Oh yeah. Snapology is a thousand percent family. We've got the entire Coe family wrapped up in this. My sister and I did found the company but when we started franchising five years ago, we very quickly brought in our brother. And that's the whole Coe sibling group. There's three of us. And he actually is phenomenal with franchise sales. He works with all of our broker sales and consultant relations. And he's been with us for over three years now and just adds a ton of value. Then it's funny where the real family comes in is that between my brother, my sister and I, we have five boys ranging in ages from 10 to 22. And so my college age nephews, they work summers helping us in marketing and operations.


Laura Coe:

My own sons have always kind of helped out where they can, but now they're high school age and it can really help with the local franchise. My younger son he is a sophomore high school actually even writes some of our escape games. Cause he's just got that creative mindset. And he's in between that thing still thinks a little bit like a kid and can make it super fun, but he's old enough to understand the academic value and can provide some assistance to the curriculum team. To then take it and obviously run with it after he's written the basic story. It's amazing. Even the little one, my sister's got a little guy who's 10, and he's a great help with the business. It's basic stuff for him, but gosh, he might be our best salesman for local business. He's so enthusiastic about it. For me, it's a dream come true. My brother and my sister are my best friends. I just absolutely love that we can do the business together and that we can involve all the kids in a truly meaningful way.


Laurie Barkman:

That is so incredible. You are literally [inaudible] and it's super cool to talk to you today and understand your story a little bit better. I had read about you and heard your story, and it's been really fantastic talking to you. I know you mentioned that the people who become your franchisees, maybe some of them are in their next act. Maybe they had a career doing something else. And if there's listeners out there that are thinking, Oh, maybe I want to be a franchise owner. How can they find out more about you about Snapology and learn more about the franchise opportunities?


Laura Coe:

There’s a wealth of information out on Snapology.com. We're pretty transparent about things. There's quite a bit of information there. But maybe the best way is really just to reach out to Bob, who I just mentioned, who is my brother, he's at bob@snapapology.com. And he can walk anybody right through any franchise opportunity that they might be interested in. It's really in this day and age, it's really a great business with a lot of flexibility. I'd say check out the website and reach out to Bob.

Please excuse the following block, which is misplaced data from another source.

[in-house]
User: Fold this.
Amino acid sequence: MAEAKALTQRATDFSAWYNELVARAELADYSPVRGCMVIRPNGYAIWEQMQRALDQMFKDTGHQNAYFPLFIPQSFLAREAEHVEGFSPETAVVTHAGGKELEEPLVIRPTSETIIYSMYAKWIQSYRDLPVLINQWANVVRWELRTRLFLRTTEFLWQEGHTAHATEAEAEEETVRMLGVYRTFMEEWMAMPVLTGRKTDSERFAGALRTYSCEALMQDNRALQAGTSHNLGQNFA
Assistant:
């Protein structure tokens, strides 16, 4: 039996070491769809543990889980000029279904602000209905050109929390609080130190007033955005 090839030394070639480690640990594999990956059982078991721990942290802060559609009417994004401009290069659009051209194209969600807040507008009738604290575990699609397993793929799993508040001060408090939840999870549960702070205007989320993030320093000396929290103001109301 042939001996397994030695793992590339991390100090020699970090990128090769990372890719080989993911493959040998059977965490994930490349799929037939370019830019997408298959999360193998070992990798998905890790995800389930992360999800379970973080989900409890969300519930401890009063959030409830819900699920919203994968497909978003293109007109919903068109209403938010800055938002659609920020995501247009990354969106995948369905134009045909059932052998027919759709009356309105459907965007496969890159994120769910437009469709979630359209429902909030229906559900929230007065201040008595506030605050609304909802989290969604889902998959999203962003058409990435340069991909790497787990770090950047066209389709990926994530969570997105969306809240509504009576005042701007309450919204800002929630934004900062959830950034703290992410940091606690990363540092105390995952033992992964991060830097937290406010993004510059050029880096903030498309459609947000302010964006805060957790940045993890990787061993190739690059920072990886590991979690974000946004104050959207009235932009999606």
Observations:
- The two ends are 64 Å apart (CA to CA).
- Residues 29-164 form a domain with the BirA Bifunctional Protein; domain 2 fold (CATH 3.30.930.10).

Laurie Barkman:

That's great. And also because you're global, I do have some listeners in other countries. So I think that because you offer that opportunity, that you never know, there might be somebody in Australia ringing you up. So thank you so much. Is there anything that you can share with us about how you feel about entrepreneurship? I love to ask all my guests, if they have a favorite quote or a mantra that guides them.


Laura Coe:

Yeah. It's funny. I've been asked that question a couple of times and I always use a quote that is funny because I'm not even sure they know who said it. They say it might be George Eliot, or it might be somebody else,


“It's never too late to be what you might've been.”

I think for me, I've gone through several career changes in my life and searching for what fit and what my passion is. And so I think, it's never too late to be what you might've been is true. You can change the course of your entire life at any point. And for me, certainly Snapology has done that, and definitely for the positive, and I'm hopeful that can happen for other folks.


Laurie Barkman:

I love that thought. It's never too late to be what you might've been. Laura, thank you so much for joining me today. And thank you so much for sharing your experience with me.


Laura Coe:

Yeah. Thank you for having me.


Laurie Barkman:

Innovation, transition growth, easy to say but hard to do.


If you're an entrepreneur facing these challenges, I get it.

I work with businesses from small to big for strategic planning with your team to achieve your vision.

Visit smalldotbig.com to schedule a call with me. I'd love to connect with you.

Be sure to catch the next Succession Stories episode with more insights for next generation entrepreneurs.


Thanks for listening.



Laurie Barkman is a Business Growth Advisor | Entrepreneurship Instructor | Host of Succession Stories Podcast| CEO of SmallDotBig working with owners to increase business value and achieve their goals. Connect with Laurie for a free consultation to plan for your future.


SmallDotBig is a strategic advisory firm for owners of small to mid-size companies. Our mission is to dramatically increase the value of your business anticipating a sale or ownership transition in the future. We help you get more freedom over your time and more happiness in your personal life. Our process combines Value Building, Executive Coaching, and Strategic Planning. Want a business and personal roadmap to achieve your dreams?  Reach out today.